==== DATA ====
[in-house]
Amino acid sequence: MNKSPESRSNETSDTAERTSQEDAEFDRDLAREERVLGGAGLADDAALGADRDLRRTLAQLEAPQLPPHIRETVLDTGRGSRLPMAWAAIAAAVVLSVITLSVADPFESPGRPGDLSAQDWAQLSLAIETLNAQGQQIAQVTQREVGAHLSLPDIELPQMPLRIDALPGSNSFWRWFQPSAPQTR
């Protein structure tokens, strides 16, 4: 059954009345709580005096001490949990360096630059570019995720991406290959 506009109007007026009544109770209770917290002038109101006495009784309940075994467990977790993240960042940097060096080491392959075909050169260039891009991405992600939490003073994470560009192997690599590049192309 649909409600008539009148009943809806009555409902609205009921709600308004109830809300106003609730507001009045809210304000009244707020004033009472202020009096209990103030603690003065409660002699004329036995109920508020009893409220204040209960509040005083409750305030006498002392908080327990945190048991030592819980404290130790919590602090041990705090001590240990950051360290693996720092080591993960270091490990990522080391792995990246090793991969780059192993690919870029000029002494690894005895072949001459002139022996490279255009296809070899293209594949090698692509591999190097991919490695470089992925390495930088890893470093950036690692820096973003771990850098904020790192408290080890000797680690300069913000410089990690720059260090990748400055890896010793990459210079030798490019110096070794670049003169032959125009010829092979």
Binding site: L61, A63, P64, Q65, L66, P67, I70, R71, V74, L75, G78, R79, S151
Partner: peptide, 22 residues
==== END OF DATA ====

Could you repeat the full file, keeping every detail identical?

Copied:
[in-house]
Amino acid sequence: MNKSPESRSNETSDTAERTSQEDAEFDRDLAREERVLGGAGLADDAALGADRDLRRTLAQLEAPQLPPHIRETVLDTGRGSRLPMAWAAIAAAVVLSVITLSVADPFESPGRPGDLSAQDWAQLSLAIETLNAQGQQIAQVTQREVGAHLSLPDIELPQMPLRIDALPGSNSFWRWFQPSAPQTR
């Protein structure tokens, strides 16, 4: 059954009345709580005096001490949990360096630059570019995720991406290959 506009109007007026009544109770209770917290002038109101006495009784309940075994467990977790993240960042940097060096080491392959075909050169260039891009991405992600939490003073994470560009192997690599590049192309 649909409600008539009148009943809806009555409902609205009921709600308004109830809300106003609730507001009045809210304000009244707020004033009472202020009096209990103030603690003065409660002699004329036995109920508020009893409220204040209960509040005083409750305030006498002392908080327990945190048991030592819980404290130790919590602090041990705090001590240990950051360290693996720092080591993960270091490990990522080391792995990246090793991969780059192993690919870029000029002494690894005895072949001459002139022996490279255009296809070899293209594949090698692509591999190097991919490695470089992925390495930088890893470093950036690692820096973003771990850098904020790192408290080890000797680690300069913000410089990690720059260090990748400055890896010793990459210079030798490019110096070794670049003169032959125009010829092979």
Binding site: L61, A63, P64, Q65, L66, P67, I70, R71, V74, L75, G78, R79, S151
Partner: peptide, 22 residues